ajaz_eco_204_2012_2013_chapter_15_Competition

Price taking firms price taking consumers market

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Unformatted text preview: d. _________________________________________________________________________________________________ We know how to compute the competitive market equilibrium (notice that, due to capacity constraints, the supply curve looks different from ECO 100): 21 ECO 204 Chapter 15: Competitive Firms and Markets (this version 2012-2013) University of Toronto, Department of Economics (STG). ECO 204, S. Ajaz Hussain. Do not distribute. Market Supply Curve Sum of individual firms’ supply curves. Sum of individual agents’ demand curves. Price taking firms Price taking consumers Market Demand Curve Industry Capacity This graph shows linear demand and supply curves. Of course, as we have seen, these curves can be non-linear. Now, if all consumers can be modeled as a single “representative consumer” with a quasi-linear utility function where equilibrium quantity of good traded in this competitive market and all other goods, and if we set all other goods as the base good (i.e. ) and if then we know that: Market Supply Curve Price taking firms Price taking consumers Market Demand Curve Industry Capacity 22 ECO 204 Chapter 15: Competitive Firms and Markets (this version 2012-2013) University of Toronto, Department of Economics (STG). ECO 204, S. Ajaz Hussain. Do not distribute. This fact allows us to measure the impact on consumer welfare due to changes in price (review consumer theory where we used consumer surplus to measure changes in utility due to changes in price). Notice also that the equilibrium quantity is less than capacity; as such, whenever there are small shifts in demand, we will observe changes in price and quantity: Price taking firms Price taking consumers Industry Capacity However, when the equilibrium quantity equals capacity then with small shifts in demand, we will observe changes in price only: Price taking firms Price taking consumers Industry Capacity 23 ECO 204 Chapter 15: Competitive Firms and Markets (this version 2012-2013) University of Toronto, Department of Economics (STG). ECO 204, S. Ajaz Hussain. Do not distribute. This model shows us that when market output is near or at capacity, small fluctuations in demand will result in price movements (volatility) where the degree of volatility depends on the shape of the supply curve in that region – let’s examine this point in the context of the HBS case The Aluminum Industry in 19945. 6. “Irrational Firms” So far we’ve assumed “rational” competitive firms, i.e. firms which shut down if This is because rational firms’ objective is profit maximization and in the event that , rational firms will minimize losses by shutting down. To see this, express profits as: Now suppose : (⏟ If the firm continues operating, i.e. ) then its losses are the sum of two negative terms: (⏟ On the other, if the firm shuts down, i.e. )⏟ then its loss comprises of a single negative term: (⏟ )⏟ By shutting down, a rational firm avoids all avoidable costs (i.e. ) and its losses are less than if it continued to operate. This is why profit maximizing/loss minimizing rational firms shut down when (of course, in reality firms don’t shut down as soon as price dips below ; rather, rational firms shut down when the price is, or expected to be, consistently below ). On the other hand, irrational firms’ objective is something besides profit maximization and won’t shut down when : irrational firms’ output is always “in the market”. For example, many state owned aluminum smelters operate to reduce unemployment and/or to serve national security/strategic interests. As such, state owned primary aluminum smelters tend to be irrational producers and once operational, produce aluminum irrespective of the price and even if What does an irrational firm’s supply curve look like? Take a look at the following table, reproduced from the HBS Case The Aluminum Industry in 1994 (AL = Aluminum): 5 Note to self: whether the supply curve is steep or flat depends on the of the least efficient producers vis a vis the rest. If these are substantially different from the rest then we’d expect extreme volatility whereas if they are close to rest there will be little volatility. This has obvious implications for trading. Look into this further and make a new model where o ne firm is much less efficient than others. Empirically, variance and kurtosis of matters in commodities trading – look into this as a mini-case. 24 ECO 204 Chapter 15: Competitive Firms and Markets (this version 2012-2013) University of Toronto, Department of Economics (STG). ECO 204, S. Ajaz Hussain. Do not distribute. Average Primary Aluminum Smelter (1993) All cost figures $/metric ton Italicized items are variable cost components and/or inputs Capacity (‘000s tpy) 133.02 Electricity usage (kWh/t) 15,800 Electricity price ($/kWh) $0.02 Alumina usage (t/t Al) 1.94 Alumina price ($/t Alumina) $190 Other raw materials $125 Plant power and fuel $10 Consumables $70 Maintenance $50 Labor $150 Freight $45 General and Administrative $75 Summing up variable cost components tells us that the average smelter’s ton (make sure you...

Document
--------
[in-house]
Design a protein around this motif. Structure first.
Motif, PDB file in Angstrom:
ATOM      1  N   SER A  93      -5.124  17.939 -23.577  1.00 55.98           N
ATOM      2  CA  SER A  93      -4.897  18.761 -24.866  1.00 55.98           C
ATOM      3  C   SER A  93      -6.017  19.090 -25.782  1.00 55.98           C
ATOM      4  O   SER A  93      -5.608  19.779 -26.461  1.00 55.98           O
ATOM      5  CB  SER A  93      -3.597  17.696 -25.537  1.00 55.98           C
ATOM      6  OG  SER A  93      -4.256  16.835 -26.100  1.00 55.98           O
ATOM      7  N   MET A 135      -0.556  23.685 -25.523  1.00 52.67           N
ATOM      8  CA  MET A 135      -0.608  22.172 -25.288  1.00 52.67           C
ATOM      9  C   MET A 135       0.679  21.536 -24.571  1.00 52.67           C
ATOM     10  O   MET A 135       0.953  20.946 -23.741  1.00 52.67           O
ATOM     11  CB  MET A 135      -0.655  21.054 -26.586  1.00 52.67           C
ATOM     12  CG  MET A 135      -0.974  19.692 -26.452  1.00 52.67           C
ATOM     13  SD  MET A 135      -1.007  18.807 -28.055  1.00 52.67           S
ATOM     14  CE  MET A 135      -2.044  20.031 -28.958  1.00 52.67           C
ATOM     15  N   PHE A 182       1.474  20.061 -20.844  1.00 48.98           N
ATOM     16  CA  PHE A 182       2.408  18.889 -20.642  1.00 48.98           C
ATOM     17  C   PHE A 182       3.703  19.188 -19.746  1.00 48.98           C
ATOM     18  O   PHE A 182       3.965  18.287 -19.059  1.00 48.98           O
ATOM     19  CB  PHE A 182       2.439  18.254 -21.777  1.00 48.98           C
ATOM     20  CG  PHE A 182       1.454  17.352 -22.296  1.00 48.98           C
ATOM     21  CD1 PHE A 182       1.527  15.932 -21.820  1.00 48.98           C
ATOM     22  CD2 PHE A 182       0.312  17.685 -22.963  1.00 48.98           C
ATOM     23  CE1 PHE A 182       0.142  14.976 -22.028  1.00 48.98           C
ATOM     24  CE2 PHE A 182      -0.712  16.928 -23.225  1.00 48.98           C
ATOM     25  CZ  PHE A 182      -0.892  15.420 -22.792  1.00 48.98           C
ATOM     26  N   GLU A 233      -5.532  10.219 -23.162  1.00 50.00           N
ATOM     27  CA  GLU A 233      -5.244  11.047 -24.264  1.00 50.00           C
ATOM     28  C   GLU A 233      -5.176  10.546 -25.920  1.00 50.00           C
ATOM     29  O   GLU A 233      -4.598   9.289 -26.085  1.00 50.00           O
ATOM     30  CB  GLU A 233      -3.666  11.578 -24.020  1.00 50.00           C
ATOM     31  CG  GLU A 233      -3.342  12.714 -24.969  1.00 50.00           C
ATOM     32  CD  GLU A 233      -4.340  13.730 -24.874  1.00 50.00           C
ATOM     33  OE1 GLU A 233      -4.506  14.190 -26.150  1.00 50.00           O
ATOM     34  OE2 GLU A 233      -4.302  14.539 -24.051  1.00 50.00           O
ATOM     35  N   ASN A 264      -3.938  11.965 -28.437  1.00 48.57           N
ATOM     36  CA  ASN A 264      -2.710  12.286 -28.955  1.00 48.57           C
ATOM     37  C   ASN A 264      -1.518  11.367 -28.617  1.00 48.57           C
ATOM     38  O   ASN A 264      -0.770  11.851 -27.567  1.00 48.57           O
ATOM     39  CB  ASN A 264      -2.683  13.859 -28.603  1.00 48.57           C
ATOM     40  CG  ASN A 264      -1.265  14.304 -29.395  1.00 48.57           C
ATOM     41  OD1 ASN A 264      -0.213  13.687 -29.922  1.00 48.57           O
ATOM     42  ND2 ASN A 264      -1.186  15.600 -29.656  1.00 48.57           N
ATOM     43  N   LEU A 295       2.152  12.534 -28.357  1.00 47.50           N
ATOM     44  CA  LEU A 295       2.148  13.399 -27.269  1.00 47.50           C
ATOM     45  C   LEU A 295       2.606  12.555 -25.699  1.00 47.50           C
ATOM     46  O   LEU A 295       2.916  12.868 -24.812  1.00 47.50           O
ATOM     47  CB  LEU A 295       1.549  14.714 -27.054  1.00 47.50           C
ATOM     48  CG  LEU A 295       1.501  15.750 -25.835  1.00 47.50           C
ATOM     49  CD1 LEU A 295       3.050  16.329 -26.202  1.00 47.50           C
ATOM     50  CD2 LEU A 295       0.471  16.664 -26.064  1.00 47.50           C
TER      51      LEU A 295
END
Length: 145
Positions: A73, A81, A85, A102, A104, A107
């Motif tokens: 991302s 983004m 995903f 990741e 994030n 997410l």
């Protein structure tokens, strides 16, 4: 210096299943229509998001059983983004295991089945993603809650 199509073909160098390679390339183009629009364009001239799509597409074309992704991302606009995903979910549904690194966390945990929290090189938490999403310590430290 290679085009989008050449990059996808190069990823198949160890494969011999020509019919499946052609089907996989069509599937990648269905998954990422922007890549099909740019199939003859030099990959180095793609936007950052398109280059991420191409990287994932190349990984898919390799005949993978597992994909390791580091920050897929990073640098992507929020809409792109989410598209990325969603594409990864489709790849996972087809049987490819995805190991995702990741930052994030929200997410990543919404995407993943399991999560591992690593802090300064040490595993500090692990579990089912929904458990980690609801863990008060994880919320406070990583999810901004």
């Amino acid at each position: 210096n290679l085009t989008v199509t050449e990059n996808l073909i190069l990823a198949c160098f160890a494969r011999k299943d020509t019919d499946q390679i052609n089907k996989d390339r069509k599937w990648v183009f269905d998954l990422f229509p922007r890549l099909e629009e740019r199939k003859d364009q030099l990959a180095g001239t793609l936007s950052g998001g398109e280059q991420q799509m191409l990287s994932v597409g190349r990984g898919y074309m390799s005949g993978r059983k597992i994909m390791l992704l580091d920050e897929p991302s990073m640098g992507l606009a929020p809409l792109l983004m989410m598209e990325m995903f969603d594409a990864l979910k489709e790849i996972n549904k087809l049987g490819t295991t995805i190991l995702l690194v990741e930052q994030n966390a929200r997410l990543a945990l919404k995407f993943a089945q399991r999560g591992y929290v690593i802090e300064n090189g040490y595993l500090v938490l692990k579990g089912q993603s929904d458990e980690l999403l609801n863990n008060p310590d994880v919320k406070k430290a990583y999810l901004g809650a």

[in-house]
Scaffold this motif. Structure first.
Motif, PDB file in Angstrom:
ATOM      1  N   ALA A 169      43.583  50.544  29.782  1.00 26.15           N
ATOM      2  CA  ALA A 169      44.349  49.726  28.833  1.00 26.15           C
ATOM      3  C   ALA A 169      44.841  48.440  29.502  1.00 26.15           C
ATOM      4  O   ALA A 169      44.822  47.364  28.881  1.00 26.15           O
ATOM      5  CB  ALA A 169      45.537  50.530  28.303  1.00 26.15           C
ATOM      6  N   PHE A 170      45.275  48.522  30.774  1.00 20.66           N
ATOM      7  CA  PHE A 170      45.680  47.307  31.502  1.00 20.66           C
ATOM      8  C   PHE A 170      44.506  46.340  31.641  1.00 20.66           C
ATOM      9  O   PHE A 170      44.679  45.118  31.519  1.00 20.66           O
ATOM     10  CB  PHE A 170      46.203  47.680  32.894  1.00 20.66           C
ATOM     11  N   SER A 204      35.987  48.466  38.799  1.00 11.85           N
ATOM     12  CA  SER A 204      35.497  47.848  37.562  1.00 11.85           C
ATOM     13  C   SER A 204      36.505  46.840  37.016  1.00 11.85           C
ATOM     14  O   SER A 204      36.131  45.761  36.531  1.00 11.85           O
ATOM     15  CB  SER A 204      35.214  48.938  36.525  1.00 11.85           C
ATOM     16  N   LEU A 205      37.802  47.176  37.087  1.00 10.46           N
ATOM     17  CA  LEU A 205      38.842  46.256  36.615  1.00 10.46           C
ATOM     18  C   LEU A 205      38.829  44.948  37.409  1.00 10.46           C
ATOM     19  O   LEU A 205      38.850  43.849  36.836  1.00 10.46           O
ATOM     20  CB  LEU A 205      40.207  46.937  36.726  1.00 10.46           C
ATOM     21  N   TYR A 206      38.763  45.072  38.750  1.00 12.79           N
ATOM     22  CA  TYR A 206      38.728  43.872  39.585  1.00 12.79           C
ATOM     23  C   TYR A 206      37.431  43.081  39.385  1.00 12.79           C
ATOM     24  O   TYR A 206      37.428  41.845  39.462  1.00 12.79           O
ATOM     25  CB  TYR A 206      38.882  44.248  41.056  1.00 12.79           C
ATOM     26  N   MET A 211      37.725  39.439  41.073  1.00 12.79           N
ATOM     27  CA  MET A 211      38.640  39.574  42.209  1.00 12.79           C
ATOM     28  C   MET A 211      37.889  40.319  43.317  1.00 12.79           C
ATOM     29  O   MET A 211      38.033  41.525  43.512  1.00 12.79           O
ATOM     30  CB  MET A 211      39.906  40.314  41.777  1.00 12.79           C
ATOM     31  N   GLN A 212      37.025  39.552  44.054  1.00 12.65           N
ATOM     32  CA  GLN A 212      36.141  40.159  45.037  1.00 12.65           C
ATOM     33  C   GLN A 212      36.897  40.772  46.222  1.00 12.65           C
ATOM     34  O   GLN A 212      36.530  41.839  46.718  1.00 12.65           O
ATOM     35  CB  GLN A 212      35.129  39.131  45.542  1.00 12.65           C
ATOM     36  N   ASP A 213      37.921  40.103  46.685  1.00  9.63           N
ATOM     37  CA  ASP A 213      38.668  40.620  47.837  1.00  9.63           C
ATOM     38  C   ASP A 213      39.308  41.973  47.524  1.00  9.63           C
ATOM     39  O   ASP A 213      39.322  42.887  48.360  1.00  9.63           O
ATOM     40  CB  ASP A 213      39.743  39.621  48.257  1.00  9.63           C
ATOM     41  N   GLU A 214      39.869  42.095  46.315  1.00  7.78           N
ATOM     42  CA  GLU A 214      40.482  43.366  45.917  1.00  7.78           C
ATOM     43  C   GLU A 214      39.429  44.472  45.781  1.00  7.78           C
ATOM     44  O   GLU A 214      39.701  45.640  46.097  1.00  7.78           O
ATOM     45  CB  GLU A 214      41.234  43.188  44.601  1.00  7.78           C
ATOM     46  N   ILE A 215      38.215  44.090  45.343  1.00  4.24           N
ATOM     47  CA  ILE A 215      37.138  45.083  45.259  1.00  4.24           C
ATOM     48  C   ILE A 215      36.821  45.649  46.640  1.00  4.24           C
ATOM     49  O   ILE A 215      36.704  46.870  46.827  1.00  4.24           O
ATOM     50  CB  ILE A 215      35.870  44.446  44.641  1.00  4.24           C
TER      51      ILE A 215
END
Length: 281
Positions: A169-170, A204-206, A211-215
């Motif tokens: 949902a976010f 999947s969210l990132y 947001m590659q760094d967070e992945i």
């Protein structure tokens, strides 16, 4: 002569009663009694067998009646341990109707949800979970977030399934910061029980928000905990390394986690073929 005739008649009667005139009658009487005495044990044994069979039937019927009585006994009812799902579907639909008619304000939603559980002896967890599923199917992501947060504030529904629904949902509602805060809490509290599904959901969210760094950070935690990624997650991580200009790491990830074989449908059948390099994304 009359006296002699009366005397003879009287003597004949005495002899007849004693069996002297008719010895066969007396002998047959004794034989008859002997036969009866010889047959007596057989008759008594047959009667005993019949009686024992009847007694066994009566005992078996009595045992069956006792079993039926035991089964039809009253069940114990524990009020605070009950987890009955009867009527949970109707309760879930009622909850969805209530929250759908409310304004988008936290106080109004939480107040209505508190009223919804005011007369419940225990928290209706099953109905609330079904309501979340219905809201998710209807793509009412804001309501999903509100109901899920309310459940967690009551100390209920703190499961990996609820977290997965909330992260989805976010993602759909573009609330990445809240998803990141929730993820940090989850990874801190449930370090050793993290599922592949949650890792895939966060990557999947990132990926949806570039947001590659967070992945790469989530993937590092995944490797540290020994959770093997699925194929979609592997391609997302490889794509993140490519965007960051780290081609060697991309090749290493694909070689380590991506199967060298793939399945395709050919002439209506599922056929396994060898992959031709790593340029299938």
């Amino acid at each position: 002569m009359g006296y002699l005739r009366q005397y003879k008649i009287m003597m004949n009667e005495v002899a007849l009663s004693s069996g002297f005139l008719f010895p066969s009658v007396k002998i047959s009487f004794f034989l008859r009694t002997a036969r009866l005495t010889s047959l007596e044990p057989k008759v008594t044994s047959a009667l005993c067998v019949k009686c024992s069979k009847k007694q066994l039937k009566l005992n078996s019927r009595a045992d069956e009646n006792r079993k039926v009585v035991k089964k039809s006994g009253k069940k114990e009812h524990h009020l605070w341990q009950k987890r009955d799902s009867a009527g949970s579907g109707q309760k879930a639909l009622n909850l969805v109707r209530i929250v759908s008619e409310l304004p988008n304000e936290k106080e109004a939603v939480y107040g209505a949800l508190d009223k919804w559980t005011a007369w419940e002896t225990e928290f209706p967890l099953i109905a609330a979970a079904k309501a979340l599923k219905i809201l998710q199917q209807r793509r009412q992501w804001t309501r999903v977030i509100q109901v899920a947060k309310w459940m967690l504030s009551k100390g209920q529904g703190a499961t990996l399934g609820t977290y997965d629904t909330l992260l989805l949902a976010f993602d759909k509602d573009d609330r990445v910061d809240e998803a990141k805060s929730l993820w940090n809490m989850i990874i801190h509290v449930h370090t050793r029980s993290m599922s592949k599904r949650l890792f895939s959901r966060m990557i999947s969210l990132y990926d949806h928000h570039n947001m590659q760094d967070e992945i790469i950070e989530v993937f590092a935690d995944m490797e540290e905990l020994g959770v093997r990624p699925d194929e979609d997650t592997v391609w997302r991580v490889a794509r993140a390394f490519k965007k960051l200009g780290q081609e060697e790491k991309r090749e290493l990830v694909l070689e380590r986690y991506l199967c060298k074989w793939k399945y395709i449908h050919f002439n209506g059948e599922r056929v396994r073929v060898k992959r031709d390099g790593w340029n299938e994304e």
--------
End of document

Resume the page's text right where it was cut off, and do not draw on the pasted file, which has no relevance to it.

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This document was uploaded on 01/19/2014.

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